Preston Kavanagh is a 22-year-old from Waterville.
Preston's video application:
Preston's current situation:
At this precise moment, I'm preparing for life beyond college - I'm in the space between finishing every exam and receiving a diploma. It's a little stressful to say the least; some people know what they're doing next year, others - a lot of others- don't. I obviously can't predict the way things will turn out, but I know what I'd like to be doing, and that's why I'm applying.
Preston's blog post:
I'll try and keep this brief, since no one would visit a Young & Free application blog without an agenda - very few window shoppers. I'll spell out who I am and what I'm about, and then stop. Here goes:
My name is Preston Kavanagh, I grew up in Connecticut, then Arizona, then Connecticut, but most recently Maine, which has, by far, been my personal favorite. At the end of this week, I'll leave Colby College with a degree in French studies, but my real passion is theater - I think, at last count, I've done 22 shows over the last four years. So, I'm comfortable with public speaking, don't get stage fright, and can clearly juggle a tight schedule - eh, sorry, I'm not used to self-aggrandizement; I tend to be a bit blunt about it.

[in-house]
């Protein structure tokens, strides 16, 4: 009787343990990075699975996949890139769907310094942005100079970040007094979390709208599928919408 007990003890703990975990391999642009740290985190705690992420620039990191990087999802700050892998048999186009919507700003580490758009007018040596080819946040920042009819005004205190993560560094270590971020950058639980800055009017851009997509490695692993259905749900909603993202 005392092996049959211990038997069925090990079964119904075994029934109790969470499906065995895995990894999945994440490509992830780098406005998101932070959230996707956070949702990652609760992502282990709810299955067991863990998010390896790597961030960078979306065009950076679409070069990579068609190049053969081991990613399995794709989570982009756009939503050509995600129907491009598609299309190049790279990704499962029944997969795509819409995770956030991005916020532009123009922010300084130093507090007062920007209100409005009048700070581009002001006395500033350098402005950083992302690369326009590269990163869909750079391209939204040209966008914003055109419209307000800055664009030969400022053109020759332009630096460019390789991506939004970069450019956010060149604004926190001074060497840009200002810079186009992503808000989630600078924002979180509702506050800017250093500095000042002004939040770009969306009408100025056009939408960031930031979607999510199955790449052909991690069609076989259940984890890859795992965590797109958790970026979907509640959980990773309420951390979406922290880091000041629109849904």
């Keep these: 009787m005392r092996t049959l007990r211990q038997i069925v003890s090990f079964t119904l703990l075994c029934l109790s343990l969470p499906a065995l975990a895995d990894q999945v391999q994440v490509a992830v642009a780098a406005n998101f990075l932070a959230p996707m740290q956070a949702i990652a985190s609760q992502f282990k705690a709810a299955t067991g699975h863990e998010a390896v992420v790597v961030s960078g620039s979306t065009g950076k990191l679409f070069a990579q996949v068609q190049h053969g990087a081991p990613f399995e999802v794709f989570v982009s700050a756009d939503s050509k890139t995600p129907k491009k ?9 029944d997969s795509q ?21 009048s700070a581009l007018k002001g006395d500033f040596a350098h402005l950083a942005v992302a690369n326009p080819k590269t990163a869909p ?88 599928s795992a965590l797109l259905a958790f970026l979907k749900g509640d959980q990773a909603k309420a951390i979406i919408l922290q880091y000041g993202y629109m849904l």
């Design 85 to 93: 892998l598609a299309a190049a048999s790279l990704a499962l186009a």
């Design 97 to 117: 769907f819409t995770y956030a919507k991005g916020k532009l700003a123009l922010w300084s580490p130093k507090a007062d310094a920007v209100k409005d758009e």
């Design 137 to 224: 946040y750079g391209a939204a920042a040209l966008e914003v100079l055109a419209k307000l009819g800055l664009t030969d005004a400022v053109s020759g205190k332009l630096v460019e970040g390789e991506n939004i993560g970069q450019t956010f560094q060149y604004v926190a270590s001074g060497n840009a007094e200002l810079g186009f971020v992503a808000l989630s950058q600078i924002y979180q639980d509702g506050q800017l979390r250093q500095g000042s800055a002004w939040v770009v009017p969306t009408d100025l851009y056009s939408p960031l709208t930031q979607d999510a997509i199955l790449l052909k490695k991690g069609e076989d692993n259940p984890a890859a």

Beyond that, I am an enthusiastic hiker, played football in high school until my knees gave, picked up and put down the oboe, sang in the chorale, learned to ballroom dance (at least enough that no one stares), and generally try to dabble in just enough of everything to fake my way through any conversation. I'm also told I have a nice voice.
But enough about me - what I should be talking about is the Young and Free program. I like it, and I wish I'd been aware of it sooner, especially considering how long I'd held onto the idea that I would worry about finances later. I didn't think I had time, I did; I didn't think I made enough, I did; and I didn't think that in high school I even ought to worry it - I should've.
So that's how I see the job: a mix of educator and wake-up call. Maybe I'll get a different job description later, but, in whatever role, this seems valuable, worthwhile, and I'm prepared to give it my absolute best.